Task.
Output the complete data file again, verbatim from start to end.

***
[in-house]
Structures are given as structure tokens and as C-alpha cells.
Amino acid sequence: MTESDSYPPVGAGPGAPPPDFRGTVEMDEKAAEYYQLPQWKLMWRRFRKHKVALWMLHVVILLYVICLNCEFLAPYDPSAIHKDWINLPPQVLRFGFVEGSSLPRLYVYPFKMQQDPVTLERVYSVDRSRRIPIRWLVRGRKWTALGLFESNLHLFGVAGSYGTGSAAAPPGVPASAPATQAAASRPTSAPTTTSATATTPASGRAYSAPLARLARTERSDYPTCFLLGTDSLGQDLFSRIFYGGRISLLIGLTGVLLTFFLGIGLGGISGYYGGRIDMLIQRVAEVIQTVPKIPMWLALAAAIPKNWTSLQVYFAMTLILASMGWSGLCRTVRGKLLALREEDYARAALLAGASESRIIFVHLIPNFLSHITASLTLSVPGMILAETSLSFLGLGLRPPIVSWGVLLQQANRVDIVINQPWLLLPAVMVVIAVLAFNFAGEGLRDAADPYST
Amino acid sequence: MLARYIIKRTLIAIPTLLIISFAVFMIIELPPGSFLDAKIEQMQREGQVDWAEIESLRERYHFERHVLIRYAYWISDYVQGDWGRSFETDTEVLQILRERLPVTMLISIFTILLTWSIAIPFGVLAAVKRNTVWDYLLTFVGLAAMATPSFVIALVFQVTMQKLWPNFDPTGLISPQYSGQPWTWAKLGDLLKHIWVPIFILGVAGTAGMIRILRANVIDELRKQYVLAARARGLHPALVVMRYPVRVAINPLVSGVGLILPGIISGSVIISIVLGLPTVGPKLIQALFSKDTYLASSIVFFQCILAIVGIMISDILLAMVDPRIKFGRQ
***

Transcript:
[in-house]
Structures are given as structure tokens and as C-alpha cells.
Amino acid sequence: MTESDSYPPVGAGPGAPPPDFRGTVEMDEKAAEYYQLPQWKLMWRRFRKHKVALWMLHVVILLYVICLNCEFLAPYDPSAIHKDWINLPPQVLRFGFVEGSSLPRLYVYPFKMQQDPVTLERVYSVDRSRRIPIRWLVRGRKWTALGLFESNLHLFGVAGSYGTGSAAAPPGVPASAPATQAAASRPTSAPTTTSATATTPASGRAYSAPLARLARTERSDYPTCFLLGTDSLGQDLFSRIFYGGRISLLIGLTGVLLTFFLGIGLGGISGYYGGRIDMLIQRVAEVIQTVPKIPMWLALAAAIPKNWTSLQVYFAMTLILASMGWSGLCRTVRGKLLALREEDYARAALLAGASESRIIFVHLIPNFLSHITASLTLSVPGMILAETSLSFLGLGLRPPIVSWGVLLQQANRVDIVINQPWLLLPAVMVVIAVLAFNFAGEGLRDAADPYST
Amino acid sequence: MLARYIIKRTLIAIPTLLIISFAVFMIIELPPGSFLDAKIEQMQREGQVDWAEIESLRERYHFERHVLIRYAYWISDYVQGDWGRSFETDTEVLQILRERLPVTMLISIFTILLTWSIAIPFGVLAAVKRNTVWDYLLTFVGLAAMATPSFVIALVFQVTMQKLWPNFDPTGLISPQYSGQPWTWAKLGDLLKHIWVPIFILGVAGTAGMIRILRANVIDELRKQYVLAARARGLHPALVVMRYPVRVAINPLVSGVGLILPGIISGSVIISIVLGLPTVGPKLIQALFSKDTYLASSIVFFQCILAIVGIMISDILLAMVDPRIKFGRQ